This paper will bring together a series of case-studies based upon my own experience in obscure libraries. These fascinating finds include numerous copies of John Foxe’s Acts and Monuments annotated by sixteenth-century readers, a copy of Foxe turned into a Reformation scrapbook by a seventeenth-century poet, a papal presentation copy of Nicholas Sander’s De origine ac progressu schismatic anglicani that was probably never sent, and other books which offer valuable insights into how contemporary readers consumed and used early modern print. The essay’s intention is broader: to reveal the benefits to be gleaned from the use of bibliothecae obscurae as a research method. Libraries under consideration may include the now-dissolved St. Benedict’s Abbey library, Fort Augustus, Inverness-shire; the sixteenth-century Ipswich Town library, which survives intact in the headmaster’s office at Ipswich School; the library and archive of Stonyhurst College, Lancashire, which dates from the sixteenth century; and more.
Elizabeth Kolkovich, The Ohio State University, Mansfield, “The Countess of Huntingdon’s Books and Networks of Users in Early Modern England”
Despite some excellent recent work on women’s engagement with books, the history of reading is still primarily about men. Our methods have privileged written catalogs, ownership marks, and marginalia—all of which are in scarce supply for women. My paper offers new research on a little-known woman reader: Elizabeth Stanley Hastings, Countess of Huntingdon (1588-1633). She was a bookish woman who loved intellectual discussion, actively shaped local literary culture, and belonged to a highly literate family whose members owned and marked books. She left behind no library list or ownership marks, but scattered traces of her engaged reading emerge from her five devotional manuscripts and many letters, as well as the printed dedications and manuscript poetry that John Fletcher, John Donne, Thomas Pestell, and other male authors wrote her. As these traces indicate both what and how the Countess of Huntingdon read, her case study adds to our growing understanding of the varied ways early modern women read religious texts. The Countess of Huntingdon did not passively absorb her devotional reading; she interpreted and revised the books she read. She engaged with her books not as an isolated reader, but as an influential participant in familial and local networks of textual production and reception. As my paper argues for the value of recovering female readers using a broad range of evidence, it underscores the importance of tracing networks and communities of readers.
2:00-3:30 Session 3
Ryan Giles, Indiana University, "Textual Amulets in Early Spanish Literature"
Glenda Goodman, The University of Pennsylvania, "Copying Taste: Penmanship, Repertoire, and the Aurality of Music Books in the Early American Republic"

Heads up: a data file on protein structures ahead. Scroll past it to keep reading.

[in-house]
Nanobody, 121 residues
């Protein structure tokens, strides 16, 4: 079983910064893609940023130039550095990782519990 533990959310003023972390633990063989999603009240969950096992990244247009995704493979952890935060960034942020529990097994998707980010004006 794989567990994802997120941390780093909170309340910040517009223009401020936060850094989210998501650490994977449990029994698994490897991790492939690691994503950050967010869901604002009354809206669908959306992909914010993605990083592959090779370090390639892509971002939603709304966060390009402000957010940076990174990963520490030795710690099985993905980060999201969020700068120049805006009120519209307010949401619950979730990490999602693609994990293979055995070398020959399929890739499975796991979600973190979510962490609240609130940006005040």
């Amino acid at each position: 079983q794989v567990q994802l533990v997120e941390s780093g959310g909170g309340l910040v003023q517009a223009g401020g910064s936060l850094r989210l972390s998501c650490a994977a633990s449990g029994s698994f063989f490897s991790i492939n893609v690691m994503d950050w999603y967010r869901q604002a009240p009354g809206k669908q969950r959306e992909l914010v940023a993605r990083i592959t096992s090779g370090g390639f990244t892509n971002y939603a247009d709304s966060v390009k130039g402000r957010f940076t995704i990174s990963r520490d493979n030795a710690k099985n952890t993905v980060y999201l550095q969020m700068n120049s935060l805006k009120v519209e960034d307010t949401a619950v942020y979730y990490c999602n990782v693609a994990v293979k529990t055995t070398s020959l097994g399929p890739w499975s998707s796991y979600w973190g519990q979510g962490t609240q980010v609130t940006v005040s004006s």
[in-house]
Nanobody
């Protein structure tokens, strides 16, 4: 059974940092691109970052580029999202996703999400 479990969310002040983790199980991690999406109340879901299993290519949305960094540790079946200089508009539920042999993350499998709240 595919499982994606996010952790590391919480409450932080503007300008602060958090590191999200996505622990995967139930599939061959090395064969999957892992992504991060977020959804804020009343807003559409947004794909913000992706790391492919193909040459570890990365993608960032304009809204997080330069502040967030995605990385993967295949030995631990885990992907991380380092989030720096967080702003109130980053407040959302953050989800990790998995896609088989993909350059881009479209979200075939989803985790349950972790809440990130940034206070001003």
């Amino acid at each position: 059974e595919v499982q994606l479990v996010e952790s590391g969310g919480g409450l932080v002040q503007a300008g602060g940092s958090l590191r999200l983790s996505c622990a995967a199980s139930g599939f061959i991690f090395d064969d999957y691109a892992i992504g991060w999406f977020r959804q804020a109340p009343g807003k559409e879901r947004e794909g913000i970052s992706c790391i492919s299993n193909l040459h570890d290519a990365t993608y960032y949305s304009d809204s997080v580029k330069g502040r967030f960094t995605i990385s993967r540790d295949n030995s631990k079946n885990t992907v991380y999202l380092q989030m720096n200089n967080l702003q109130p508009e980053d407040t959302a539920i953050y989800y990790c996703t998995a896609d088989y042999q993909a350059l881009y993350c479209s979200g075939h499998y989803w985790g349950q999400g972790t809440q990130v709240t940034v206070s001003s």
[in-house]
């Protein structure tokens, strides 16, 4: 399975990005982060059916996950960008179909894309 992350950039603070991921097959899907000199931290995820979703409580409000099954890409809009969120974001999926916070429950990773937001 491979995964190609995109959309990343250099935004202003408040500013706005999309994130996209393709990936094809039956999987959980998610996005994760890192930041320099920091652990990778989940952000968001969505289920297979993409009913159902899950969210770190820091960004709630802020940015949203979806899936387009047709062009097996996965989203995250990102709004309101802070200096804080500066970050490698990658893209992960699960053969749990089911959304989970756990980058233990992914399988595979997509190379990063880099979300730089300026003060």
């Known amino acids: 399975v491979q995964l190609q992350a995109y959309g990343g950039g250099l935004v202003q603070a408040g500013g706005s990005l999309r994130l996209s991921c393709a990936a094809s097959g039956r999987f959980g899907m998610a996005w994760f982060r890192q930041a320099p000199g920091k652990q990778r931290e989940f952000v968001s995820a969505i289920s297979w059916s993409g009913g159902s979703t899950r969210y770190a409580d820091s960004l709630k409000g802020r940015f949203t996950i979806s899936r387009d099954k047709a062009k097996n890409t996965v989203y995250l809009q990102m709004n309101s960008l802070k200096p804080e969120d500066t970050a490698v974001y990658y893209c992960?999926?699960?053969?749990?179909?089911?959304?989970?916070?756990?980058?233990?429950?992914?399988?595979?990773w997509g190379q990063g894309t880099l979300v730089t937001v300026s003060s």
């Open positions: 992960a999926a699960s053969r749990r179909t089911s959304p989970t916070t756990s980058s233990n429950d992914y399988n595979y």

Women and men in the eighteenth-century United States had access to an unprecedented array of imported and domestically printed music, yet many amateur musicians chose to copy repertoire by hand into personal music books. Although difficult to categorize bibliographically, these hand-copied volumes of music encourage closer attention to the performative uses of books. As objects that facilitated multimodal performance, manuscript books demonstrate powerfully the interpenetration of sonic and visual dimensions of amateurs’ musical self-presentation. The social flux found in the early United States put pressure on amateurs who wished to cultivate civility, resulting in a culture of music copying not found in previous instances of scribal music publication. In particular, this corpus indicates the importance of musical accomplishments among members of the genteel class in the early national United States, where concerns about provincialism weighed heavily on white women and men who attempted to appear cosmopolitan. Their music books represented good taste on multiple fronts: in the repertoire selected for inclusion, in the quality of penmanship and fineness of the book itself, and in the adroit performance from said book. By exploring how amateurs used their music books to reflect their civility, this paper opens up for further consideration the importance of aurality and performance in book history.
4:00-5:30 Keynote/CMRS Lecture #2
Earle Havens (John Hopkins): "Using Montaigne: Lord William Howard's Reading Machine"
Between c. 1614-18, the antiquary, loyal Catholic aristocrat, and youngest son of the executed 4th duke of Norfolk, Lord William Howard, read through his folio copy of John Florio’s monumental English translation of Montaigne’s Essays (1613). He did so with a pen in hand, preserving across most of its amply margined pages an unprecedented trove of some 900 separate manuscript notes. These marginalia invoke a rich reading life clearly amplified by the known contents of Lord William’s great antiquarian library of hundreds of medieval and Renaissance books, which he had built carefully over many decades at Naworth Castle in provincial Cumberland. These annotations reveal myriad ways in which Lord William “used” the Essays as a peculiar touchstone for a host of parallel personal interests and coincidental affinities that he shared with Montaigne himself. Both were humanists, both avid collectors of books and the literary commonplaces and anecdotes they contained, and both embattled Catholics living, reading, and writing within proximity to strong libraries under conditions of relative rustication. Much like Montaigne, Lord William was also quite free with his personal opinions and recollections, psychological speculations, and eccentric theories about human behavior—many of them expressed in the first person. Lord William systematically annotated, indexed, and cross-referenced his Montaigne, very much “using” the material text as a kind of “reading machine” suited to the longer-term exposition and memorialization of his deeply personal interpretive enterprise sustained over many years.
10:00-12:00 Roundtable Discussion